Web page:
From Maude Reid's Scrapbook:

        Young Daniel Goos, whose diary of a trip to the British Isles during the Civil War is here given, was the eldest son of Captain Daniel Goos, who settled in what is now called Goosport in the northern section of Lake Charles in the 1850's.
        One of a family of sixteen children, he was largely reared by his aunt, his mother's sister who had no children, Mrs. Henry Brown of New Orleans, along with his sister, Babette, who later married a Mr. Fitzenreiter. He attended the New Orleans schools and received a fair education which his diary bears out. I remember Mrs. Brown, who after the death of her husband, came to Lake Charles and made her home with the Goos family, and later with her niece, Mrs. Albert Bel who was Della Goos. She was a very attractive elderly woman with snow-white hair and spoke with a marked German accent. The family and everyone else called her "Aunty Brown."
        The lad was a credit to her careful rearing, as was, indeed, Babette, who was a charming and delightful person to converse with. I knew her in her later years. Young Dan was the apple of his father's eye, and the old man had great confidence in his son's ability else he would not have sent him on the dangerous trip to Europe that the boy writes about.
        Young Daniel Goos... began his trip to England, running the Union blockade during the War Between the States, when he was just a little past seventeen years old. In fact, he celebrated his eighteenth birthday while he was in Europe on this mission.
        Leaving Lake Charles on a schooner loaded with cotton which was contraband material and which could have brought him into serious trouble had he been captured by Union forces, this lad evidently felt nothing on this trip other than homesickness.
        Returning home after a successful trip with his cargo disposed of in England, he later married Miss Florence Flanders, sister of Will Flanders who married his sister Katherine Goos....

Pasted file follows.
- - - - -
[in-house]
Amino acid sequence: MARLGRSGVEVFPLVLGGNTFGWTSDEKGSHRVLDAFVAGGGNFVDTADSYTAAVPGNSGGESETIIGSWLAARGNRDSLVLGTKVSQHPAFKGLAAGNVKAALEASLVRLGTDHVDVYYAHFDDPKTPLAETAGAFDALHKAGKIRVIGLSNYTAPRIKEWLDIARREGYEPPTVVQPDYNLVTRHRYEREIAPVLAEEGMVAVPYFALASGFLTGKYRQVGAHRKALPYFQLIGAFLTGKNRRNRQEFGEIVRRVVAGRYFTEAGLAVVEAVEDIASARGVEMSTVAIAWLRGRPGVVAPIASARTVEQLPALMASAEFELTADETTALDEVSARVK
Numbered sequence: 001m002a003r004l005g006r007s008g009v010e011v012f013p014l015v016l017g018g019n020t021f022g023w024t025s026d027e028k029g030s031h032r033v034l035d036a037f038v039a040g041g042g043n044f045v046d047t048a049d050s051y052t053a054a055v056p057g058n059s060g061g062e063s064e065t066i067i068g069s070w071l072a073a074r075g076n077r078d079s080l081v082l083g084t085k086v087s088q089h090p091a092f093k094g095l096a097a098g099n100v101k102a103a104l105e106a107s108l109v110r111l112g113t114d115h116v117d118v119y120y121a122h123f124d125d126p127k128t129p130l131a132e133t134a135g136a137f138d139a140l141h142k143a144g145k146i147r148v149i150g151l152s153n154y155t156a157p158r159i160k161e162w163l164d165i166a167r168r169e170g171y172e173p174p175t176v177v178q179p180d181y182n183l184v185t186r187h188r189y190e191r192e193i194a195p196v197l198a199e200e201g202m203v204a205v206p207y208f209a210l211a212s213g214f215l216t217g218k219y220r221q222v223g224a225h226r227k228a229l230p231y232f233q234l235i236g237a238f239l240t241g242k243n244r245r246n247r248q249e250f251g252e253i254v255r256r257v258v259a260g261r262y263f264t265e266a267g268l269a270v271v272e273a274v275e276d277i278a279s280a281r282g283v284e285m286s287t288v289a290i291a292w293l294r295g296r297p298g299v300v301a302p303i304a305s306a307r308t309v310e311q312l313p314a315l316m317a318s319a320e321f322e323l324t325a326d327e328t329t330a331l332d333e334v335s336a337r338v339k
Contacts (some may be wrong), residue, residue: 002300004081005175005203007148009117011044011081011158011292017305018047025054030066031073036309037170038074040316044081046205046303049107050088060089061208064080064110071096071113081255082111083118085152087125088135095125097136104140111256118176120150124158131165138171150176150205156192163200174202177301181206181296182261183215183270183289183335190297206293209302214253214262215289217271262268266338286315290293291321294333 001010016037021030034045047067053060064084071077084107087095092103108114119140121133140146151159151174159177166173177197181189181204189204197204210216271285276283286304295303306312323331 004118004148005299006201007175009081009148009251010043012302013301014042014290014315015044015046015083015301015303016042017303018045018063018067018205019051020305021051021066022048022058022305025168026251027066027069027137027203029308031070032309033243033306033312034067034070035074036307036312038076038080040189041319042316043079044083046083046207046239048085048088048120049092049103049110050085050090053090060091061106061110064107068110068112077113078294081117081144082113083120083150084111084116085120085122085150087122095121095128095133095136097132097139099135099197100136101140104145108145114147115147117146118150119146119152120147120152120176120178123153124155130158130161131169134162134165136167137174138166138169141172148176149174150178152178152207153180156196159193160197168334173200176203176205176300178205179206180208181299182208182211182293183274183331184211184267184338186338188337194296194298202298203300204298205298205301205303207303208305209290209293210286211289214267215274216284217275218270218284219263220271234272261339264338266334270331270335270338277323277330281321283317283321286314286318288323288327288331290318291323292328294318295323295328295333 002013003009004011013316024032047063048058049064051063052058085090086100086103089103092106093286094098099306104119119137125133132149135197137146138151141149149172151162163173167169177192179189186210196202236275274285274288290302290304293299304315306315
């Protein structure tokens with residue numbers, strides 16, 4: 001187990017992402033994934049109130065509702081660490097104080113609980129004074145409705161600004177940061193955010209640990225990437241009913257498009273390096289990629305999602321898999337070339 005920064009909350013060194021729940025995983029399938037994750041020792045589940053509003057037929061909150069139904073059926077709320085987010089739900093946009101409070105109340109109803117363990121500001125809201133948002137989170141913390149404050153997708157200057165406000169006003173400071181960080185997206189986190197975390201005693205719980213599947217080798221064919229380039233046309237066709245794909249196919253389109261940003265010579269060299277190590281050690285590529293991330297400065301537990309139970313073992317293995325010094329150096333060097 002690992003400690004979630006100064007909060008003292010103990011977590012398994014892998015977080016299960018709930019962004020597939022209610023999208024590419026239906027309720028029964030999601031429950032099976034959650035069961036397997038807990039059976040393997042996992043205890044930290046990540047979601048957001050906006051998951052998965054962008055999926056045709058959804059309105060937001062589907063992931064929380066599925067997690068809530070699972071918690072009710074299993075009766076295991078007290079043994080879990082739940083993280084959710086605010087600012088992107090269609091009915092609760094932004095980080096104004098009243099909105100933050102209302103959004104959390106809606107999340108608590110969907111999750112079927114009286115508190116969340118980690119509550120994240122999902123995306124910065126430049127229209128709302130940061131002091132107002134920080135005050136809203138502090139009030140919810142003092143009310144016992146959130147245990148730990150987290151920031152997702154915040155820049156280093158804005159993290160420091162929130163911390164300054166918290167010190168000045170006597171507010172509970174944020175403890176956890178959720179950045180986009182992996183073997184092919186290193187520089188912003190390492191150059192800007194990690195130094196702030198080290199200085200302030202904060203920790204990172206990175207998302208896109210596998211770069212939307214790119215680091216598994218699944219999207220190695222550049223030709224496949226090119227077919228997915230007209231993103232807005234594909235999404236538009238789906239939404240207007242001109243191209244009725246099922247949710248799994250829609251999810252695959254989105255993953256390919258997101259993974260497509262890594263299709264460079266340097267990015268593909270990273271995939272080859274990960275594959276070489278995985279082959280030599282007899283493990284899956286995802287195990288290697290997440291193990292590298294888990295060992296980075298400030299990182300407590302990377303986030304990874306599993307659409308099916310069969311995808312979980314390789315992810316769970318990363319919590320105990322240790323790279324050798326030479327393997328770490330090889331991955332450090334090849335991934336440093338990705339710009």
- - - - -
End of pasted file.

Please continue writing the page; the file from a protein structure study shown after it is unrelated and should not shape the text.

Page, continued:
While still a lad his father sent him to Galveston, Texas to manage a saw mill there that Capt. Goos owned and which was supplying him with lumber for his boat building enterprises which the old man had turned to after first starting a saw mill near his homestead in Lake Charles....
        Old Captain Goos was evidently very proud of his young son. When he built his first steamboat the first in Calcasieu -- the boat was named for his son, The Little Dan....
        The family moved to Lake Charles in the 90's, and here Dan died of pulmonary tuberculosis, a disease which may have had its incipiency in that early European trip which he records in his diary of frequent accounts of colds that would not get well, sore throat and fevers that came and went.
        At the time of his death the family were living in a large rambling frame building on Hodges street, that later we called Nason Villa when it became a boarding house. This house has since been torn down but the site was that of my grandfather's cotton gin on part of his original 160 homestead acres.
        The diary begins with a reference to Pejoy's old landing; this means, Pujo's old landing. Old timers still call the name Pejo. The Devil's Elbow the sharp bend in the river just after passing Clifton Ridge on the way to the Gulf.